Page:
Nobody is immune to data breaches. Companies from department stores to social media giants have suffered staggering security breaches in recent years. The fallout can be costly and embarrassing for a business. Huge corporations like Yahoo, Facebook, and Target have a lot of resources at their disposal to help them bounce back after such a disaster, but what about smaller businesses? Do you have a plan of action in place should a breach occur at your company? You should. Here are some tips to help you recover if it happens to you.
If you think your company is unlikely to be threatened by a data breach because of your company’s nature or size, think again. Data breaches have started to increase in scale and frequency, and any business could be a target. These breaches have ranged from the large-scale Yahoo data breaches to the Virginia Commonwealth University Health System’s data breach that affected thousands of patients. Read More
Is your internal team prepared for your data center move? Below are five questions you should be asking your internal stakeholders prior to a move. Read More
2017 is the year when the International Data Corporation (IDC) suggests that the number of data centers will peak at 8.6 million. Every year after, the IDC suggests that the number of data centers will decline. What gives? Do these declining figures mean that data centers are no longer necessary? Here, we’ll answer four of the most common questions about IDC’s surprising data center prediction.
At one time, data center efficiency was a method to measure energy consumption to which many data centers didn’t pay attention. Now, however, as nearly every business has an online component, and, in turn, a data center, data centers need to pay attention. The standard use metric is Power Usage Effectiveness (PUE). Here, we’ll answer some of your questions about PUE and how it can improve the efficiency of your data center.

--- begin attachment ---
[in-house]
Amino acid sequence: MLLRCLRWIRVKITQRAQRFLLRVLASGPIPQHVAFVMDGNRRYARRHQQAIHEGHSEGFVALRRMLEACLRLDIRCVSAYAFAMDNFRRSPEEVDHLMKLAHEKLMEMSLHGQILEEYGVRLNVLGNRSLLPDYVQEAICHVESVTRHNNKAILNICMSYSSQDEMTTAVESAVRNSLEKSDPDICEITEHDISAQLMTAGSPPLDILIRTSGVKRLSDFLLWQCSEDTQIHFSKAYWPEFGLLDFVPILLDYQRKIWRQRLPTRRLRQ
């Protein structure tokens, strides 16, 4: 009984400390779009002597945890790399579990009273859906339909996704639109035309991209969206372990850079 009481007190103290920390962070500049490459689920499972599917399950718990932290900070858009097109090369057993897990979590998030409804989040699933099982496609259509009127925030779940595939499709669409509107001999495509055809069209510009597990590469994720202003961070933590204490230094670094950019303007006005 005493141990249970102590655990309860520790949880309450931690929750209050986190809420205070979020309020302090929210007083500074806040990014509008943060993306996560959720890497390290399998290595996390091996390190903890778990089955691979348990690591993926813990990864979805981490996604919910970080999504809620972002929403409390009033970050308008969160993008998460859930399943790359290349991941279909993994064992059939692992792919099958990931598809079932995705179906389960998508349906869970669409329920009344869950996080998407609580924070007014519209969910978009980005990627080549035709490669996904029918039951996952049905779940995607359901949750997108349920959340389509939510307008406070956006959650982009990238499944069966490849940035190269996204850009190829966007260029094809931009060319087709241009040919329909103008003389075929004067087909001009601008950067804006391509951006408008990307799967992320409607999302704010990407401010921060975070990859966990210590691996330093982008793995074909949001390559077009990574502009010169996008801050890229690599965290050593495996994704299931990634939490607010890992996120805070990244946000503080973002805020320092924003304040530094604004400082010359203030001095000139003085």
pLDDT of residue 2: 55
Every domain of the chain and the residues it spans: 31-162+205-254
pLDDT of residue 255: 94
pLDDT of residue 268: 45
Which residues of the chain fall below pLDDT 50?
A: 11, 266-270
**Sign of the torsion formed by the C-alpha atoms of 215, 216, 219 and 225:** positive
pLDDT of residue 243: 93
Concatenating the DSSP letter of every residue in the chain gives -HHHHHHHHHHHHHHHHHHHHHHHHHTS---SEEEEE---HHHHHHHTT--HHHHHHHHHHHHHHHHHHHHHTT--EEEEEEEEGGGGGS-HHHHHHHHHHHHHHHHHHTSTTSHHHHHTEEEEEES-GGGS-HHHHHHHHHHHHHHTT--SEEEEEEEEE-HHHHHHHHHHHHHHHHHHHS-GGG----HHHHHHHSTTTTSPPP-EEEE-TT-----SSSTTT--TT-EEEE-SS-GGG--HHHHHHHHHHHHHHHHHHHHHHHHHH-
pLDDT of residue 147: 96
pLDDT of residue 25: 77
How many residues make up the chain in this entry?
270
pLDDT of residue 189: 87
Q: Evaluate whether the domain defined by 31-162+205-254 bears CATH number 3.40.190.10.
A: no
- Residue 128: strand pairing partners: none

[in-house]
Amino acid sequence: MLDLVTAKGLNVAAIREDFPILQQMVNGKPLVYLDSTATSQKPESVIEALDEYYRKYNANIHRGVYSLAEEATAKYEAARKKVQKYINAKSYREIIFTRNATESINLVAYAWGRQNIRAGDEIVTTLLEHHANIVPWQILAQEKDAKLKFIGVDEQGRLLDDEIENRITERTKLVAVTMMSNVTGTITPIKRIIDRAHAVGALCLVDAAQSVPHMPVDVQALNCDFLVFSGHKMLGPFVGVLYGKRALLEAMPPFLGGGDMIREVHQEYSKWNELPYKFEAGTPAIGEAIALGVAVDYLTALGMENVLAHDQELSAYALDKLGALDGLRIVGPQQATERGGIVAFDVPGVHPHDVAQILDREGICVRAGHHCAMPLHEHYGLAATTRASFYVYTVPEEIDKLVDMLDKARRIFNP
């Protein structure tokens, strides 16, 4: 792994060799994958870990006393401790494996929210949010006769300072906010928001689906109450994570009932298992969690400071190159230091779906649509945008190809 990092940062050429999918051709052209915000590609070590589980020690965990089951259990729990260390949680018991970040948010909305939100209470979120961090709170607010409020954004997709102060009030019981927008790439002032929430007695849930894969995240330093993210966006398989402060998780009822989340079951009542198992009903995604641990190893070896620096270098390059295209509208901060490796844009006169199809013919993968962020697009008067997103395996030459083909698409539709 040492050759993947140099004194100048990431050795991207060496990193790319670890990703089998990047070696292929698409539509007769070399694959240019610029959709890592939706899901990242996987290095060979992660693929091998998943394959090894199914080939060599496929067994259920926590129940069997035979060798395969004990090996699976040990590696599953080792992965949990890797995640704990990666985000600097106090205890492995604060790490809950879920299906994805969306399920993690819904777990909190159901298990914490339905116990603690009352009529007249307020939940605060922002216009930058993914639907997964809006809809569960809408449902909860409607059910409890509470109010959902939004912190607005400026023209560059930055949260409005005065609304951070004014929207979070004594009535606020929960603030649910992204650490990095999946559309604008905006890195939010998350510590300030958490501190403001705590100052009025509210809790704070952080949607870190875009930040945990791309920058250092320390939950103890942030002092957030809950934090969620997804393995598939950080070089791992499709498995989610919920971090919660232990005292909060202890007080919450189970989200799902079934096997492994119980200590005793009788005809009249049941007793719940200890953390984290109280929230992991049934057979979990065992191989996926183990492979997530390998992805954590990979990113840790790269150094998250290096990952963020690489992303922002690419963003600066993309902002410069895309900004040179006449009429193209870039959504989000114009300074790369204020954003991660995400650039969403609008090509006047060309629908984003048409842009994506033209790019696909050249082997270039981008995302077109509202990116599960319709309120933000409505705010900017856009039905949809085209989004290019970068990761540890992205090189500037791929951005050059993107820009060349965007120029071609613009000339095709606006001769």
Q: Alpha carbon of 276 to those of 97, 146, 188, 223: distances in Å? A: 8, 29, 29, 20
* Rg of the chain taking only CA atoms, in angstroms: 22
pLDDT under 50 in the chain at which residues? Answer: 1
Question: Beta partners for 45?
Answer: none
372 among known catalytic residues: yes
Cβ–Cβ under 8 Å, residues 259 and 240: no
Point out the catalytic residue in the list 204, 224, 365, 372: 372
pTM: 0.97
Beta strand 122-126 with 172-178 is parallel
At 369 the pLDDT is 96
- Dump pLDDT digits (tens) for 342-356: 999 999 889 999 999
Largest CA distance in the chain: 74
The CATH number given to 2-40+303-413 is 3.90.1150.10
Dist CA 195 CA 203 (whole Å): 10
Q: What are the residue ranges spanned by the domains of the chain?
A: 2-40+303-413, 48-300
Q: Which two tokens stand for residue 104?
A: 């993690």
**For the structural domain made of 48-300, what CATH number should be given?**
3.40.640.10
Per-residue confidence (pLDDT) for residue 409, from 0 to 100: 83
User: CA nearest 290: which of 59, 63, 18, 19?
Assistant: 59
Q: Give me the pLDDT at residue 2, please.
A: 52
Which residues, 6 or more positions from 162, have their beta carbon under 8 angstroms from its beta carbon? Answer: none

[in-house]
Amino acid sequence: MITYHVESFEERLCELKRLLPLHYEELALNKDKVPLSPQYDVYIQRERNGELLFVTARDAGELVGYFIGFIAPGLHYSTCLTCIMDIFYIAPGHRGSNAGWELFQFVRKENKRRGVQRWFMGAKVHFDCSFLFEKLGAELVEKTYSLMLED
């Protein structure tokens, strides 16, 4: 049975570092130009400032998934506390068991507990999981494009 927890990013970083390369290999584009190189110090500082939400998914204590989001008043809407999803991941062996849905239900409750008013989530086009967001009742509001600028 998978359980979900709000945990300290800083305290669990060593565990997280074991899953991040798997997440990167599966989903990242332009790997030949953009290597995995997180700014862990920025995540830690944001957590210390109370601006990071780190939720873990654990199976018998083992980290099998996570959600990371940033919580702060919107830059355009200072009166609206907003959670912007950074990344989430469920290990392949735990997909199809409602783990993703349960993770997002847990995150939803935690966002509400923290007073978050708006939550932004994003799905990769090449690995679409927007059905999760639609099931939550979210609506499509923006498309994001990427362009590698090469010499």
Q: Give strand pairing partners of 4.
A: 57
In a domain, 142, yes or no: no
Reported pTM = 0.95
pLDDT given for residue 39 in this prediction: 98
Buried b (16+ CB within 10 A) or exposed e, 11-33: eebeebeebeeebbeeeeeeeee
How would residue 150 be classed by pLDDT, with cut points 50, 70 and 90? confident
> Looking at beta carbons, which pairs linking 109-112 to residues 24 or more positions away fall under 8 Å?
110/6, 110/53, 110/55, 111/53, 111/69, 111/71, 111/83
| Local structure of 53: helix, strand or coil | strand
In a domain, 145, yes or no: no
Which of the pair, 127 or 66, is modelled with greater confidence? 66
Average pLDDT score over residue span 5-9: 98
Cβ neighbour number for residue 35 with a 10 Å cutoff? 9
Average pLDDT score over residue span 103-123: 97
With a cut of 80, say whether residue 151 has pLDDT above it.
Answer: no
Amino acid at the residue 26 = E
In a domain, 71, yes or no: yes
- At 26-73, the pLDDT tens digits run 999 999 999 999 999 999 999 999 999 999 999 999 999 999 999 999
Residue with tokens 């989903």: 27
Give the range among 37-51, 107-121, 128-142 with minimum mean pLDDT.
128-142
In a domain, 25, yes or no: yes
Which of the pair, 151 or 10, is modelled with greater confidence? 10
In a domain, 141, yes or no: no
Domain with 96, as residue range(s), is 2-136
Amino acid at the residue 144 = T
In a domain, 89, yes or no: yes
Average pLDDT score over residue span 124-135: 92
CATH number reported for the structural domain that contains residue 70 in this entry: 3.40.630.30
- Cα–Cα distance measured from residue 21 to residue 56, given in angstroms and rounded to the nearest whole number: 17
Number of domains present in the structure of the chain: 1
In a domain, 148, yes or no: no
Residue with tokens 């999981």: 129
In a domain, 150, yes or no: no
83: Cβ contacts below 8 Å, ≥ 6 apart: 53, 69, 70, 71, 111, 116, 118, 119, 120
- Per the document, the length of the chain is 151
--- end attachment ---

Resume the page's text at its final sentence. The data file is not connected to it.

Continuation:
Data center consolidation is a buzzword in the IT world for good reason. By virtualizing servers and storages, adding cloud computing capabilities, and incorporating blade server systems, data center consolidation reduces IT assets to save you money. Here, we’ll answer some of the most common questions you might have about the nuts and bolts – and benefits – of data center consolidation. Read More
Ransomware attacks make the news again and again, typically striking fear into anyone with important data on a computer or server. According to Trend Micro, ransomware is a family of malware that either prevents or limits access to computer information by encrypting data or locking the screen until someone pays a financial ransom. It’s an interesting paradigm shift in how malware operates because it prevents data access instead of stealing information. A ransomware infection can cause your business to lose time, work, and money. The best thing your data center can do to avoid losses from a ransomware attack is to take proactive measure to prevent attacks and devise a reactive plan. Read More
A new technology implementation approach is poised to make upgrading your business’s data center hardware easier and more effective. Rack Scale Architecture is a new way to look at utilizing server power by pooling resources between servers within the rack instead of treating the rack as just a physical container to house hardware. This concept allows the servers housed in the rack to share assets as needed which not only makes the servers more powerful, but also makes them more efficient. Intel’s inter-device, high-speed communication technology OmniPath fabric is essential in making this new server approach a reality. OmniPath was designed to address mass-node supercomputing, but it also has applications for improving server clusters. Read More
If you think all data centers are the same, think again. Yes, many of them are in anonymous, nondescript buildings sited wherever there’s a secure facility with decent access to cooling (or a temperate climate). But here are just a few of the growing number of less conventional data center set-ups. Read More
For decades, hard drives have ruled data centers as the only viable, cost-efficient way to store data. However, innovations like 3D NAND technology raise the amount of memory that can be stored in a single chip, lowering the overall cost per GB for solid state drives (SSDs). With renewed competition, SSDs are becoming cheaper than ever before, as prices are expected to cut in half by the end of 2015. Now that cheap, large SSDs are becoming so prevalent, is it time for companies to consider SSDs for their data center?